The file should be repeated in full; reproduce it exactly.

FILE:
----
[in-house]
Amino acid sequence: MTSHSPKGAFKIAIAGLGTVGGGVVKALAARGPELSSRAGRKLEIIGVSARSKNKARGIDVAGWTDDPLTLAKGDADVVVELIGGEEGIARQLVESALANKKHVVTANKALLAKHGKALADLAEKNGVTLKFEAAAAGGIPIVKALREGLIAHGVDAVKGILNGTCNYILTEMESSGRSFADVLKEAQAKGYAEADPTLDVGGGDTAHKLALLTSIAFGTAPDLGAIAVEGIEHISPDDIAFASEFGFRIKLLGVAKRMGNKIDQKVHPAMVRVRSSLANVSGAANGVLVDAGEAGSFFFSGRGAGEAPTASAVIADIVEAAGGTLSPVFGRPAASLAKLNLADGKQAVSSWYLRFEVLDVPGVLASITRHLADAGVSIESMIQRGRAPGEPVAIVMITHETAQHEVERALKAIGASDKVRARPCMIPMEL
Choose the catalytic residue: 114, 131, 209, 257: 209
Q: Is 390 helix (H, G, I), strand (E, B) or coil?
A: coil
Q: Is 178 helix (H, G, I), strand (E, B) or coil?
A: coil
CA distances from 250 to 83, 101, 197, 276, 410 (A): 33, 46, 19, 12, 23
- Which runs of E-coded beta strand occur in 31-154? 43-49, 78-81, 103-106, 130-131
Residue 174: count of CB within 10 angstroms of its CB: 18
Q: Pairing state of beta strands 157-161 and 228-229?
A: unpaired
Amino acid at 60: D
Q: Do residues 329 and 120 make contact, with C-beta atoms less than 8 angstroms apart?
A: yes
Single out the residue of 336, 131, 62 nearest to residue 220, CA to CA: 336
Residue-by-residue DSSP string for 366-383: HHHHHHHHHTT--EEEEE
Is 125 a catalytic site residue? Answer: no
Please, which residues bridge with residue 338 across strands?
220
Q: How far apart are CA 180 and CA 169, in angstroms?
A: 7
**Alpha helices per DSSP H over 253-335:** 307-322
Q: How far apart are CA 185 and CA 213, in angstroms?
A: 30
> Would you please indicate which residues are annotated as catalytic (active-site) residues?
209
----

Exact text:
[in-house]
Amino acid sequence: MTSHSPKGAFKIAIAGLGTVGGGVVKALAARGPELSSRAGRKLEIIGVSARSKNKARGIDVAGWTDDPLTLAKGDADVVVELIGGEEGIARQLVESALANKKHVVTANKALLAKHGKALADLAEKNGVTLKFEAAAAGGIPIVKALREGLIAHGVDAVKGILNGTCNYILTEMESSGRSFADVLKEAQAKGYAEADPTLDVGGGDTAHKLALLTSIAFGTAPDLGAIAVEGIEHISPDDIAFASEFGFRIKLLGVAKRMGNKIDQKVHPAMVRVRSSLANVSGAANGVLVDAGEAGSFFFSGRGAGEAPTASAVIADIVEAAGGTLSPVFGRPAASLAKLNLADGKQAVSSWYLRFEVLDVPGVLASITRHLADAGVSIESMIQRGRAPGEPVAIVMITHETAQHEVERALKAIGASDKVRARPCMIPMEL
Choose the catalytic residue: 114, 131, 209, 257: 209
Q: Is 390 helix (H, G, I), strand (E, B) or coil?
A: coil
Q: Is 178 helix (H, G, I), strand (E, B) or coil?
A: coil
CA distances from 250 to 83, 101, 197, 276, 410 (A): 33, 46, 19, 12, 23
- Which runs of E-coded beta strand occur in 31-154? 43-49, 78-81, 103-106, 130-131
Residue 174: count of CB within 10 angstroms of its CB: 18
Q: Pairing state of beta strands 157-161 and 228-229?
A: unpaired
Amino acid at 60: D
Q: Do residues 329 and 120 make contact, with C-beta atoms less than 8 angstroms apart?
A: yes
Single out the residue of 336, 131, 62 nearest to residue 220, CA to CA: 336
Residue-by-residue DSSP string for 366-383: HHHHHHHHHTT--EEEEE
Is 125 a catalytic site residue? Answer: no
Please, which residues bridge with residue 338 across strands?
220
Q: How far apart are CA 180 and CA 169, in angstroms?
A: 7
**Alpha helices per DSSP H over 253-335:** 307-322
Q: How far apart are CA 185 and CA 213, in angstroms?
A: 30
> Would you please indicate which residues are annotated as catalytic (active-site) residues?
209